- WASHINGTON (UPI) - House
Government Reform Committee Chairman Dan Burton Thursday threatened to
hold President Bush in contempt of Congress unless the administration releases
several sets of subpoenaed Justice Department documents to his committee.
The documents relate to a series of investigations the committee has held
into possible campaign finance violations by the Clinton administration
and into the misuse of informants by federal law enforcement.
"Should I get about 30 Republicans and all of the House Democrats
and vote to hold the president in contempt of Congress?" Burton, R-Ind.,
asked during Assistant U.S. Attorney Jay Bybee's testimony before the committee.
"That's exactly what we're going to do if you don't give us those
Burton's committee has requested documents on three separate investigations.
One is a long-running investigation by Burton and the committee into the
improper use of informants by the FBI over a 30-year period of organized
crime investigations in New England.
The committee first informally requested 13 memos related to prosecution
decisions and later subpoenaed them from the Justice Department. The committee
also requested two documents related to separate campaign finance investigations
under the Clinton administration.
On Dec. 12, Bush announced that none of the materials would be supplied
to Congress because they are deliberative in nature and, thus, fall under
But Burton has repeatedly argued that the documents -- most of which deal
with decisions made from 1967 to 1995 in the organized crime investigations
-- are harmless to the current administration. He says they could shed
light on a series of failures by the FBI that led to several innocent men
spending decades in prison for crimes they did not commit -- despite clear
evidence the FBI was aware of their innocence.
They could also help explain the rise of two top FBI informants who leveraged
their relationship with law enforcement against their competitors and expanded
their criminal empire with the help of their handlers.
"Our government put an innocent man in jail for 30 years, and you
don't want us to know why," Burton said. "We want to find out
if there are people in jail or that have been put to death by the Justice
Department for crimes they did not commit. If I have to fight my own party
(to get the contempt citation), I will. But I don't want to do this, so
you people must be nuts."
Thursday's hearing explored whether the FBI influenced the early 1970s
murder trial of a top informant -- who at the time of the murder was in
the witness protection program -- by providing testimony to the defense.
Burton alleges that the FBI and Justice Department ignored the threat to
the community posed by the informant because of his previous contributions
to convicting mobsters. Joe "The Animal" Barboza eventually received
a prison term of 5 years to life in 1971 for his 26th known murder. He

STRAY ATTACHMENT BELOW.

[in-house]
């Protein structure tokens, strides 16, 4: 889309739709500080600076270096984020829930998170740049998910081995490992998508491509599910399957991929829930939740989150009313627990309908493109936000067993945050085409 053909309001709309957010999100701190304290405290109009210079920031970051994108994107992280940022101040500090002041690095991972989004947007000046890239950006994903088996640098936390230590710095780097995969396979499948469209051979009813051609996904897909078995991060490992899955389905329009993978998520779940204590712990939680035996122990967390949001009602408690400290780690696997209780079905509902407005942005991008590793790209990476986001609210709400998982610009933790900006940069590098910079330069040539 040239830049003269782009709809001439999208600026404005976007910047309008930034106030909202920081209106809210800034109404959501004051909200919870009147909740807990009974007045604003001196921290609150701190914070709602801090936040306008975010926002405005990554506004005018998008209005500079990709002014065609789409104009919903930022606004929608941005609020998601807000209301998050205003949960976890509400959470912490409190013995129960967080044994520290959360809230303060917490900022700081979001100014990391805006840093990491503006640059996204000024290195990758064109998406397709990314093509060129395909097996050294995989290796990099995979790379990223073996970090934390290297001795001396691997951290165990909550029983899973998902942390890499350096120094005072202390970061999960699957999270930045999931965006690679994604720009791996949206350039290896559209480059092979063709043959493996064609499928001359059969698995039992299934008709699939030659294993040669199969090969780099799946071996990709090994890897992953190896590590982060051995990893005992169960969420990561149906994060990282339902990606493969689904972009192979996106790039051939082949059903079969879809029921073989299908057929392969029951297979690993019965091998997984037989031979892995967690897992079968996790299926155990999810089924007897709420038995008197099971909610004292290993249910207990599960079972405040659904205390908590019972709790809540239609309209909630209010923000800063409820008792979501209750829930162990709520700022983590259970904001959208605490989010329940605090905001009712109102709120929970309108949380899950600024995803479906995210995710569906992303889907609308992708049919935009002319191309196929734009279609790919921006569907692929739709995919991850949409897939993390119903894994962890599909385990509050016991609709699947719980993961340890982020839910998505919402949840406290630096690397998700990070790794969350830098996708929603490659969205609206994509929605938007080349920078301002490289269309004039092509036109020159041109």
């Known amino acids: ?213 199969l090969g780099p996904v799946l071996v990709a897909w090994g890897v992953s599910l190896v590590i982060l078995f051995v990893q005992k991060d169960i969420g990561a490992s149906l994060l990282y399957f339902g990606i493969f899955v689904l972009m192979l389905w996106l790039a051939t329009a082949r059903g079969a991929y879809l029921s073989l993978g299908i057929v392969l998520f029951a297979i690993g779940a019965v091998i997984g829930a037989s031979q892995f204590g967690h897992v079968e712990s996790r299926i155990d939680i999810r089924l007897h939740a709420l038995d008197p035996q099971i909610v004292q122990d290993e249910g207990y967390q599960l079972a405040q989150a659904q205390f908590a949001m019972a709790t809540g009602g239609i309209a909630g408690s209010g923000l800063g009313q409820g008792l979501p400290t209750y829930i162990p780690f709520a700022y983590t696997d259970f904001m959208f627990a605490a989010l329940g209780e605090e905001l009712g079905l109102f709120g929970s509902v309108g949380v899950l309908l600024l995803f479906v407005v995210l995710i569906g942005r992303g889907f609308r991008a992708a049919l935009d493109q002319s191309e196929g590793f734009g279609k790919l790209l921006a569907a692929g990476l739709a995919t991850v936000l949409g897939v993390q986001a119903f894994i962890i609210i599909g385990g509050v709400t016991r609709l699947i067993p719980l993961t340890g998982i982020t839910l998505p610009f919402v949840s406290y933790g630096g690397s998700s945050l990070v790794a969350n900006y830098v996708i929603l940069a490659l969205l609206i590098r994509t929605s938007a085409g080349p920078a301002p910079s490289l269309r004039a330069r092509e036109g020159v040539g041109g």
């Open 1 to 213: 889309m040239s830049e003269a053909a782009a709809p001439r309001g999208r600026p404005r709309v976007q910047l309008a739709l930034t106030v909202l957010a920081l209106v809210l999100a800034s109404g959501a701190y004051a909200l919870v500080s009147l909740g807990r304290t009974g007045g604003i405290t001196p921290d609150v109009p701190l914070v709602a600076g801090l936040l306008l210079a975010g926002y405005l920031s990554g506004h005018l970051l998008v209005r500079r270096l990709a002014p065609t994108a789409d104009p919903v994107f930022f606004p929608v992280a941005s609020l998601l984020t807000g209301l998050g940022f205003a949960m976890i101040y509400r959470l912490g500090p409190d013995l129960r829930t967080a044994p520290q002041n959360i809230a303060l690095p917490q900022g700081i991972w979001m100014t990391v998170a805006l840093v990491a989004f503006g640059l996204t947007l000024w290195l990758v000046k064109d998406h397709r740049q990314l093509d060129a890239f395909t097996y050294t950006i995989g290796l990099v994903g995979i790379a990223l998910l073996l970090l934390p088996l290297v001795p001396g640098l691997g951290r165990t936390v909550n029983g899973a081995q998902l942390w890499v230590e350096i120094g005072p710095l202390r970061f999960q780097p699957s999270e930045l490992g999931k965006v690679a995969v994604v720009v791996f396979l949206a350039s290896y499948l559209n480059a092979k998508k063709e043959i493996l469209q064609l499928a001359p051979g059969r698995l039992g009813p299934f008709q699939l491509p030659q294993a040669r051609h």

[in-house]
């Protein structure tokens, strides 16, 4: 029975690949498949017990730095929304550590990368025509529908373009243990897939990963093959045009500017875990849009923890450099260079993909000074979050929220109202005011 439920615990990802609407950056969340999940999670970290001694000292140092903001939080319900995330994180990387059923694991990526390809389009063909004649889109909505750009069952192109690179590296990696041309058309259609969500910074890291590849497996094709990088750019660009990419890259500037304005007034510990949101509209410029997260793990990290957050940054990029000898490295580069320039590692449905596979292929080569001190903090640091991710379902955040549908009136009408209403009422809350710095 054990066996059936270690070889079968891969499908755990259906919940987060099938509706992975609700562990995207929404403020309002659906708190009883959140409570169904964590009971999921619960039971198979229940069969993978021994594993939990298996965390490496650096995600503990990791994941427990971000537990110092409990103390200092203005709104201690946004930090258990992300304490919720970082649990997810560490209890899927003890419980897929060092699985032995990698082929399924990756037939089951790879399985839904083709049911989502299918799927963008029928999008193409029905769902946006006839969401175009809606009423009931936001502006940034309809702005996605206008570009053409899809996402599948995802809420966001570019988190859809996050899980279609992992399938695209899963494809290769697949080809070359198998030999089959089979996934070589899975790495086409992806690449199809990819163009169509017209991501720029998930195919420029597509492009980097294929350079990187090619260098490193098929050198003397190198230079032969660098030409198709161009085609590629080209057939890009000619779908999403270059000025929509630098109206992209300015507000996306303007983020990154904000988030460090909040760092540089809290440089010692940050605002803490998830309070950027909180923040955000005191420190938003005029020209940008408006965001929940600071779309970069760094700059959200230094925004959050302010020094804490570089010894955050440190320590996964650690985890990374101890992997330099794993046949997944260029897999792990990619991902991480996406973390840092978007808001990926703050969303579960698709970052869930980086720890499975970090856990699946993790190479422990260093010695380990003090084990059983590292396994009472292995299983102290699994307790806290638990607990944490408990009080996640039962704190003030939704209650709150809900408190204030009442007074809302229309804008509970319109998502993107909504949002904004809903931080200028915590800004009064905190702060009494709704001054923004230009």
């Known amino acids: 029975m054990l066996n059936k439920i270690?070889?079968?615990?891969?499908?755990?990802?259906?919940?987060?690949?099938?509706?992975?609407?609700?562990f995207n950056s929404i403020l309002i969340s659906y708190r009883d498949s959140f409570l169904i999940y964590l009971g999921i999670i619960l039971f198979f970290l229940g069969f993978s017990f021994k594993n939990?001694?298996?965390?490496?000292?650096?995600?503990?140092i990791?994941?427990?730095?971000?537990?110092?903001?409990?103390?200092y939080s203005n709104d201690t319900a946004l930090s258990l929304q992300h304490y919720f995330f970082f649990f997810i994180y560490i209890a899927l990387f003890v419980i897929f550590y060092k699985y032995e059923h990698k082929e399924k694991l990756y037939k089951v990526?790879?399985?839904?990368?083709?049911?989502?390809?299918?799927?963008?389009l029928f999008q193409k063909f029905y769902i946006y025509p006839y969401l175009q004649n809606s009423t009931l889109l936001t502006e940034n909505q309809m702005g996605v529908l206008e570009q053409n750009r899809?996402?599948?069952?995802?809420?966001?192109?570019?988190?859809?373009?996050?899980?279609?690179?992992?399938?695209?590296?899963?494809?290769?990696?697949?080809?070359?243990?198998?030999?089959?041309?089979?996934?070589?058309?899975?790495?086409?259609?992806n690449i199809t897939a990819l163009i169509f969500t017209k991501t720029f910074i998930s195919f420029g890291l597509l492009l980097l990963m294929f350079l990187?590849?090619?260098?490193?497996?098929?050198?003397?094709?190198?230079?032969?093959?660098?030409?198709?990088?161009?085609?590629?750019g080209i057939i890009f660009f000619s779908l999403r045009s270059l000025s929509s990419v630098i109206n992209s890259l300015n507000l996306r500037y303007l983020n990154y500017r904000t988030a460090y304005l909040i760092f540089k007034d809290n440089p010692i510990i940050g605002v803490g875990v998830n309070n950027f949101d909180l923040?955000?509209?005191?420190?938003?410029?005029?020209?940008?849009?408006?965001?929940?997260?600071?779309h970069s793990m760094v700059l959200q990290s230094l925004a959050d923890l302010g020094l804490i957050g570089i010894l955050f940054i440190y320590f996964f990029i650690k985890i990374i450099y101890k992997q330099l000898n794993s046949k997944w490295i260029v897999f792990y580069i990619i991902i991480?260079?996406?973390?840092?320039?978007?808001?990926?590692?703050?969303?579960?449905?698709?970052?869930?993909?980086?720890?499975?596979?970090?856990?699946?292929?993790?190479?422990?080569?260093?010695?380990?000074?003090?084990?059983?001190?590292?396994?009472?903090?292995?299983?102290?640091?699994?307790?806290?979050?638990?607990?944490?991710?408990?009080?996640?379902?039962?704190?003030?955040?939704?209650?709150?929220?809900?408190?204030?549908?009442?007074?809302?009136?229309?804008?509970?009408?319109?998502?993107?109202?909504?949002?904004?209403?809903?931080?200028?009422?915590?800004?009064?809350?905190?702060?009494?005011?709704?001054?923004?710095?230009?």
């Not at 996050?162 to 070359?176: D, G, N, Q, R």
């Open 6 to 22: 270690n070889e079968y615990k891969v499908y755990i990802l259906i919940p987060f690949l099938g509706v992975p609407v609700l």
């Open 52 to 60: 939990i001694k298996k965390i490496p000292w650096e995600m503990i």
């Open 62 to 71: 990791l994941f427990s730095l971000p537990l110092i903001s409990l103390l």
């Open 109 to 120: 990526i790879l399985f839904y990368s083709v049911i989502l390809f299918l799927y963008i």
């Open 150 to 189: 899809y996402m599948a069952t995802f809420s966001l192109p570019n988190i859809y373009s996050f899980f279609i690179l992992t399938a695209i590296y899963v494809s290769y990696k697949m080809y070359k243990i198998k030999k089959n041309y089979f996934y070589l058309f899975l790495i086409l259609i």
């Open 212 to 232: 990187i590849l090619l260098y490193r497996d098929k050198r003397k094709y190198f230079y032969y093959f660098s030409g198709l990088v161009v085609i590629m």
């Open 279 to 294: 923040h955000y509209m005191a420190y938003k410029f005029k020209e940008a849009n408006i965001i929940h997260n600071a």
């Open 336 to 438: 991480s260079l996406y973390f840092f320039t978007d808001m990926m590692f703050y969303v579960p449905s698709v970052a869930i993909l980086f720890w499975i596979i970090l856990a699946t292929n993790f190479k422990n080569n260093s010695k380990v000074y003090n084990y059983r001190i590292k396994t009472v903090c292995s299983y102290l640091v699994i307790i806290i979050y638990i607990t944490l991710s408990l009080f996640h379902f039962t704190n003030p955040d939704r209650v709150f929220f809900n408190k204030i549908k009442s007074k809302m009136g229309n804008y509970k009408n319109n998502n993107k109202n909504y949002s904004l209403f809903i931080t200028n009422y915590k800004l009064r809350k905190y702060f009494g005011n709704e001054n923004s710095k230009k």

was released after just three years from a minimum-security prison.
Committee investigators are convinced that the FBI helped him avoid a longer
sentence, despite having a famously violent criminal history, because of
his previous value as an informant against organized crime.
Bybee denied that the administration was refusing to help with the investigation,
and said that both the White House and Justice were willing to work with
the committee to determine which documents needed to be shared with investigators.
"With respect to the documents, the administration will be happy to
sit down with you and discuss your needs," he said. "That is
our instruction from the president."
But this answer did little to appease Burton, who first responded with
the threat to hold the president in contempt. He also repeatedly said that
his committee and its power of subpoena should have final say in which
documents it needs to see while investigating abuses of power.
Adding to the irritation of the committee members was the arrival on Wednesday
night of thousands of pages of Justice Department documents -- which had
been requested, but not subpoenaed by the committee -- for committee staff.
This coincided with the administration allowing investigators to view,
but not copy or release, one of the subpoenaed memos.
Such arguments over the responsibility of the White House to provide documents
to Congress are nothing new to the Bush administration, which is already
embroiled in several fights with the General Accounting Office, Congress's
investigative body, and with Burton's Democratic counterpart on the committee,
California Rep. Henry Waxman.
The GAO has been demanding notes from meetings between Vice President Dick
Cheney and energy industry officials during the deliberations that led
to the formation of the Bush energy policy proposals last year. The White
House has refused to provide them, and the GAO has threatened to sue the
vice president to gain access to the notes.
Waxman has also been vocal on the same issue, but so far, has been unable
to convince Burton to issue subpoenas to administration officials over
the energy policy talks. But a Republican committee source expressed frustration
with the White House because these latest refusals are making it more difficult
for Burton to deny Waxman's requests for a subpoena.
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